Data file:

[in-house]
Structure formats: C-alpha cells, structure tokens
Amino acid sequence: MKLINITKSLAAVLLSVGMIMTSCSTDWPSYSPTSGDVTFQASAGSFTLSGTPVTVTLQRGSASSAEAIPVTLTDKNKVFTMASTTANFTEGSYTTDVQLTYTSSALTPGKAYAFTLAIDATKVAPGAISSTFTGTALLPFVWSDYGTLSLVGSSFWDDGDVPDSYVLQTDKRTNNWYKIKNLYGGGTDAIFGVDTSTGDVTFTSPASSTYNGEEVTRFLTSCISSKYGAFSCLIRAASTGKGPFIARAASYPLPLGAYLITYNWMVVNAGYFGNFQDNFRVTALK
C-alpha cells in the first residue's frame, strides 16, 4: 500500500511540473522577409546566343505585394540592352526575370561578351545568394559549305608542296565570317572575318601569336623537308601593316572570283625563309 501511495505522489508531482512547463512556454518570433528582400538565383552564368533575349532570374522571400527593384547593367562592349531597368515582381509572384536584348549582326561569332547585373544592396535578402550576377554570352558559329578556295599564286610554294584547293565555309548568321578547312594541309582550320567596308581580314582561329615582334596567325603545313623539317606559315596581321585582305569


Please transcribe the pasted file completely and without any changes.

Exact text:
[in-house]
Structure formats: C-alpha cells, structure tokens
Amino acid sequence: MKLINITKSLAAVLLSVGMIMTSCSTDWPSYSPTSGDVTFQASAGSFTLSGTPVTVTLQRGSASSAEAIPVTLTDKNKVFTMASTTANFTEGSYTTDVQLTYTSSALTPGKAYAFTLAIDATKVAPGAISSTFTGTALLPFVWSDYGTLSLVGSSFWDDGDVPDSYVLQTDKRTNNWYKIKNLYGGGTDAIFGVDTSTGDVTFTSPASSTYNGEEVTRFLTSCISSKYGAFSCLIRAASTGKGPFIARAASYPLPLGAYLITYNWMVVNAGYFGNFQDNFRVTALK
C-alpha cells in the first residue's frame, strides 16, 4: 500500500511540473522577409546566343505585394540592352526575370561578351545568394559549305608542296565570317572575318601569336623537308601593316572570283625563309 501511495505522489508531482512547463512556454518570433528582400538565383552564368533575349532570374522571400527593384547593367562592349531597368515582381509572384536584348549582326561569332547585373544592396535578402550576377554570352558559329578556295599564286610554294584547293565555309548568321578547312594541309582550320567596308581580314582561329615582334596567325603545313623539317606559315596581321585582305569